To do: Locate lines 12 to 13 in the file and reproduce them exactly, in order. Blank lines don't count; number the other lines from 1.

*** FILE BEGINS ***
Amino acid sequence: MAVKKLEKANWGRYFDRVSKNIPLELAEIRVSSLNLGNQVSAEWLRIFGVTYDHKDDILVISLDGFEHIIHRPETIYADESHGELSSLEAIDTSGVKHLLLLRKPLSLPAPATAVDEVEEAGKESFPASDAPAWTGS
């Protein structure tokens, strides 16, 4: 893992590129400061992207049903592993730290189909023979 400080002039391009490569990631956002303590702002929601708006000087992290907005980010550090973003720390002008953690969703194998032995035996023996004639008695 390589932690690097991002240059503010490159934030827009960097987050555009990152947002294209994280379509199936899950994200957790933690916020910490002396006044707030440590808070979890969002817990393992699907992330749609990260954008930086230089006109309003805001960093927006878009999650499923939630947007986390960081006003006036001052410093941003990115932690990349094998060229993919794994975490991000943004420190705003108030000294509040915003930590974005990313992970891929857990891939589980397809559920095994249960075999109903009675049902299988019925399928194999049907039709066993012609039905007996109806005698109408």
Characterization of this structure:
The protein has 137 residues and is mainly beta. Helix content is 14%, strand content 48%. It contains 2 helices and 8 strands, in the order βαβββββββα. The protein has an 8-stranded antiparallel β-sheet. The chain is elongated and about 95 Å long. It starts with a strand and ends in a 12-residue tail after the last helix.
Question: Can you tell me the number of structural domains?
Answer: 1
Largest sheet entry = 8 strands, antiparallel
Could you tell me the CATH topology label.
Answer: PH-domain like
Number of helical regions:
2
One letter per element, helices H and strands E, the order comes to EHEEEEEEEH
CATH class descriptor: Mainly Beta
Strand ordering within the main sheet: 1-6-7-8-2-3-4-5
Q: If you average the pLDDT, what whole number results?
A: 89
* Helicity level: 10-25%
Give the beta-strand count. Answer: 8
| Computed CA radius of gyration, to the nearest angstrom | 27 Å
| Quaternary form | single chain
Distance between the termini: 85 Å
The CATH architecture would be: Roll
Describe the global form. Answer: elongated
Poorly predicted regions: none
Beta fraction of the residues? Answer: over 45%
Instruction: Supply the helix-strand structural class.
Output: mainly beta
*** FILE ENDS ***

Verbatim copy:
One letter per element, helices H and strands E, the order comes to EHEEEEEEEH
CATH class descriptor: Mainly Beta